Diana Probst, Cambridge Artist

How To: Deal with Sunken Oil Paintings

Sheen of wet oil paintWhen an oil painting is finished, it’s not finished; an artist still has to do a few things. The first challenge is that some paintings ‘sink’, losing their freshly painted look. Areas can go dull, as the oil retreats from the top layer of the paint, to the layers below, or the ground, or as the polymerisation process exposes pigment with less oil over it. Organic blacks are particularly bad for this. As you can see in the picture to the left, shininess varies over the surface. The just-painted look is ideal, but it does not stay even. To deal with this, add a layer of oil over the top when you notice sunken areas. I leave most pictures at least a month before trusting them not to sink, but usually you can spot the problem areas earlier than that.

When oiling out, I use the same oil on top of the painting as I used in the painting. If it is a light colour or a light to medium blue, I use poppy oil. Otherwise, I use linseed. (That prevents the colour of the old oil from changing the paint colours; all those lovely dark Constable clouds make me twitch.) I use a mix of oil and odourless mineral spirits. (Pedant alert: I think the OMS is fine in this context as it’ll evaporate leaving the layer flexible.) If I used pure oil, it would cling so hard that I’d not be able to spread it. Mix up something that can be applied nicely – practice on a canvas board or a failed painting, until you have the right consistency. For me, it’s about 50:50. Paint it onto the painting with a soft brush, to get a thin, even coat. At this point you should not be in danger of damaging your surface, but a hard bristle brush might bring up a little pigment. You want the paint to be capable of gripping the new oil, if possible, so that it is never merely added to the surface. Only paint it on the sunken areas. Make it a very thin layer. You should not have to dab off excess, but if you do, lint-free cloths are your friend.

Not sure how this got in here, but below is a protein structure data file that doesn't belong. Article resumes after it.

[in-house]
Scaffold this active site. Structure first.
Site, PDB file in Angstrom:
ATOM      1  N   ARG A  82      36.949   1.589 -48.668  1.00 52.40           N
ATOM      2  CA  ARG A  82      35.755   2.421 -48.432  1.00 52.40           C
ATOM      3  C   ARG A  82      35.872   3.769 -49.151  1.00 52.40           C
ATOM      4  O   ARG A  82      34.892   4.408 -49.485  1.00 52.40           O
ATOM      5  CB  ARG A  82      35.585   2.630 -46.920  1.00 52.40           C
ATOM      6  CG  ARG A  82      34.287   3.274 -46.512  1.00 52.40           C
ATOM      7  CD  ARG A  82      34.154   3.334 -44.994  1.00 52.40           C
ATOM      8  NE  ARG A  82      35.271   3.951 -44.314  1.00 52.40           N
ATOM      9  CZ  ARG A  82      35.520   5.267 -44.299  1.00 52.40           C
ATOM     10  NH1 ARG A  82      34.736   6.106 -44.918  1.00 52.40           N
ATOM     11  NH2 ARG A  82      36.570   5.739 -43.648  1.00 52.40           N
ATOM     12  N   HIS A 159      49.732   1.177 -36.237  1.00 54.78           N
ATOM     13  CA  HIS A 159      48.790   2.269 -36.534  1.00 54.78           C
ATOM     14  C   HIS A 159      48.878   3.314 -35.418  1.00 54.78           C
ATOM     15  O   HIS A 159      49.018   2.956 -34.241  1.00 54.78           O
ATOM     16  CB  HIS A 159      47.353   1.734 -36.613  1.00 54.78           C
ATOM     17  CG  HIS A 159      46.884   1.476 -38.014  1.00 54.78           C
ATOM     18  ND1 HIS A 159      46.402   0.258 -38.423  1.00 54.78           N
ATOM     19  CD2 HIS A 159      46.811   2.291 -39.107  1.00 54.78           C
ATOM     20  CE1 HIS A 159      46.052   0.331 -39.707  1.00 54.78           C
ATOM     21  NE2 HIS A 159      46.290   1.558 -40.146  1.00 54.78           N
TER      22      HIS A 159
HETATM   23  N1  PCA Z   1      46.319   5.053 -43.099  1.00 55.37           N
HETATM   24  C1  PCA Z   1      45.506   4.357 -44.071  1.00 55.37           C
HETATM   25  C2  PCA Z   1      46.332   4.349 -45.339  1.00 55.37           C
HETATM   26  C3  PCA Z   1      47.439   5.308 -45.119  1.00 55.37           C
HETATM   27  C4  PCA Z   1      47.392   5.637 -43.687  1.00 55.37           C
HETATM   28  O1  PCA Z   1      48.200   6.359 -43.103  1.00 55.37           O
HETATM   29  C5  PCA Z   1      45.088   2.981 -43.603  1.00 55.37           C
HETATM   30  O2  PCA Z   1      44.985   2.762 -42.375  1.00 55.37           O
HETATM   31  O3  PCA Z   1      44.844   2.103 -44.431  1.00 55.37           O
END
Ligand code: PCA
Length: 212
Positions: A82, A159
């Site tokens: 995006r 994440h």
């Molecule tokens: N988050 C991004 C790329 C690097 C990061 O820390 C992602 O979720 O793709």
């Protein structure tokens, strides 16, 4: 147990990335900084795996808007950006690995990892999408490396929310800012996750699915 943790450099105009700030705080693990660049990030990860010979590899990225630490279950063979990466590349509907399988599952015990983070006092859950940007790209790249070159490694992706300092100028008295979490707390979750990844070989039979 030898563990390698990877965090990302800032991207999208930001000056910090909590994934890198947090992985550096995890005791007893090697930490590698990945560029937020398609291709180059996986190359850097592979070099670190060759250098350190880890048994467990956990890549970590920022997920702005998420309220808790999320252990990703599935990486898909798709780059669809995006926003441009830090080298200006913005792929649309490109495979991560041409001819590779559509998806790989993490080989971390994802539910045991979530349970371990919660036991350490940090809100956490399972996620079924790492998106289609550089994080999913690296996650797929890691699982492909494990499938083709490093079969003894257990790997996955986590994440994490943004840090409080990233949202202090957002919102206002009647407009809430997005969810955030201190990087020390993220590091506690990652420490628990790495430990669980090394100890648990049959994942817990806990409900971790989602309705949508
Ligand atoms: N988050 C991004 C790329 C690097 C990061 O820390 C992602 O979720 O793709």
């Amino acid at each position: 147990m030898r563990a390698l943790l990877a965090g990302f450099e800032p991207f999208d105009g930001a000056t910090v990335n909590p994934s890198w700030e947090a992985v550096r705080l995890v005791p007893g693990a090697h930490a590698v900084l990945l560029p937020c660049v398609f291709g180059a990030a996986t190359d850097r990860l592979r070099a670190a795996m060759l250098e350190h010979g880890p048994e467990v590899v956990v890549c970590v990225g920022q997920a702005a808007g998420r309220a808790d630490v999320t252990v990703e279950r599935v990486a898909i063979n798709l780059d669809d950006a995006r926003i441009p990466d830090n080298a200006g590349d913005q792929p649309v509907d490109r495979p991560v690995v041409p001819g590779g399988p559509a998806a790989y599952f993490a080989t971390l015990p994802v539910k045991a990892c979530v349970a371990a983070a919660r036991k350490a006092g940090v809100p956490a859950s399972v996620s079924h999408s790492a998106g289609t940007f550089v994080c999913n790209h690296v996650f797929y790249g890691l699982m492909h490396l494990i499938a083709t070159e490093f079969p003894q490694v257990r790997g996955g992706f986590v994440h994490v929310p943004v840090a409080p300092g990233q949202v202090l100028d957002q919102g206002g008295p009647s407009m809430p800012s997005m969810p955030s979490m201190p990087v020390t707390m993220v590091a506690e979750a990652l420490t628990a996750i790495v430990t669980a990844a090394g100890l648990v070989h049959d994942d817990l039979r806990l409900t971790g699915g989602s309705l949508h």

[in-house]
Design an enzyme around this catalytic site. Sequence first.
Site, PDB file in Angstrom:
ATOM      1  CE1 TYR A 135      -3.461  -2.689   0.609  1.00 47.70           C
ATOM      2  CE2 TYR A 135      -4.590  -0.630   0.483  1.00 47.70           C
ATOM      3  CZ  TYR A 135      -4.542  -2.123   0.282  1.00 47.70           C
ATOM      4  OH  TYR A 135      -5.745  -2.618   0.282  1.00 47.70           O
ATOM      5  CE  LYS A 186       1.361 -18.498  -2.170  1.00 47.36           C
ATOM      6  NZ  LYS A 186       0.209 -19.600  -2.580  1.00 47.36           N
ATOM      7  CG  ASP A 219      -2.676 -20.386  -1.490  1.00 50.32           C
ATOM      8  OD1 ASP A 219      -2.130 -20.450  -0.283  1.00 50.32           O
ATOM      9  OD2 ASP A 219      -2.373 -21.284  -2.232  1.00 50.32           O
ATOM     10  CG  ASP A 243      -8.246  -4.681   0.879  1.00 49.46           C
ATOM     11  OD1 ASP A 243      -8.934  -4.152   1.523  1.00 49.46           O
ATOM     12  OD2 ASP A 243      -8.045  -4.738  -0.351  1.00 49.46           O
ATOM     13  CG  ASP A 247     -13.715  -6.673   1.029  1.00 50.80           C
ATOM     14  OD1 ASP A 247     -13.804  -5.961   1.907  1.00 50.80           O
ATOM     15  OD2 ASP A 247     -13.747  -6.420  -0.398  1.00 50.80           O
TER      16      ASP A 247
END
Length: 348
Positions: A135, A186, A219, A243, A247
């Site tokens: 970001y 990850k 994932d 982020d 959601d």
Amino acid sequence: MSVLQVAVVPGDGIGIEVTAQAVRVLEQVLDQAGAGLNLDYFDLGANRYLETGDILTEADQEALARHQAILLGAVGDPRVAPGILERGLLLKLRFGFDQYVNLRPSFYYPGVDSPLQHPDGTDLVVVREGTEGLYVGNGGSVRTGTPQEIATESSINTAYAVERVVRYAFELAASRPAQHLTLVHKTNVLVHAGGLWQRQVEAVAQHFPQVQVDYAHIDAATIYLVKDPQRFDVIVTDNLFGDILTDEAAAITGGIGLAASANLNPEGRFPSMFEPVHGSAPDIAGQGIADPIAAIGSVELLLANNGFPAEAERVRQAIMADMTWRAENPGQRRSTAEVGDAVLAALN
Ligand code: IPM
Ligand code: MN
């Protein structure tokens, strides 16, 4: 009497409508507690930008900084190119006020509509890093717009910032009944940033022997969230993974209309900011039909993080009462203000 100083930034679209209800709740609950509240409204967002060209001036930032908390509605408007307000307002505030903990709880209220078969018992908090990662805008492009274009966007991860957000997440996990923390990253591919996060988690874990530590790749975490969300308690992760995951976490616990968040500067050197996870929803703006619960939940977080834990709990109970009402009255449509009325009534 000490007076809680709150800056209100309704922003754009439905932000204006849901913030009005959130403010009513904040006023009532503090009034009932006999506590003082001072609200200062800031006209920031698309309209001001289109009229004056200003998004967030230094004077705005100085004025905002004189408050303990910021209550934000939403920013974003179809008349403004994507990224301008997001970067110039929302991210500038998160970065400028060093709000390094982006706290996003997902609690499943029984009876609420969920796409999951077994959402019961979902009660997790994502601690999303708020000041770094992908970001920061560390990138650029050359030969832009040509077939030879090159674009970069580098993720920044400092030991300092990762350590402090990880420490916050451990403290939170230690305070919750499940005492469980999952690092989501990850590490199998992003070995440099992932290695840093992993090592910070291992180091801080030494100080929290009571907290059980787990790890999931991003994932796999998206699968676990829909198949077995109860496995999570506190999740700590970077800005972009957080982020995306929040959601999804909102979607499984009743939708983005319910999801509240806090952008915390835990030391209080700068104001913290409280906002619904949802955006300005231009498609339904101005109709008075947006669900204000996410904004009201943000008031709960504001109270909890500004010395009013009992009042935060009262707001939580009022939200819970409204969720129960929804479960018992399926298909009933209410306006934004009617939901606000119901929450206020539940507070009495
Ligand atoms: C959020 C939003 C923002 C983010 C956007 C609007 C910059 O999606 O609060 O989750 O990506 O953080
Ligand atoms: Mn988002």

Now, wait. If any areas sink again, reapply the oil to them, and repeat until done. Then wait again – the time when you stop adding oil is the time you should write on your stretcher bar as the date from which to time your varnishing time. Do not varnish until this oil has had time to dry. Then sit back and admire; you’ve made a painting look better.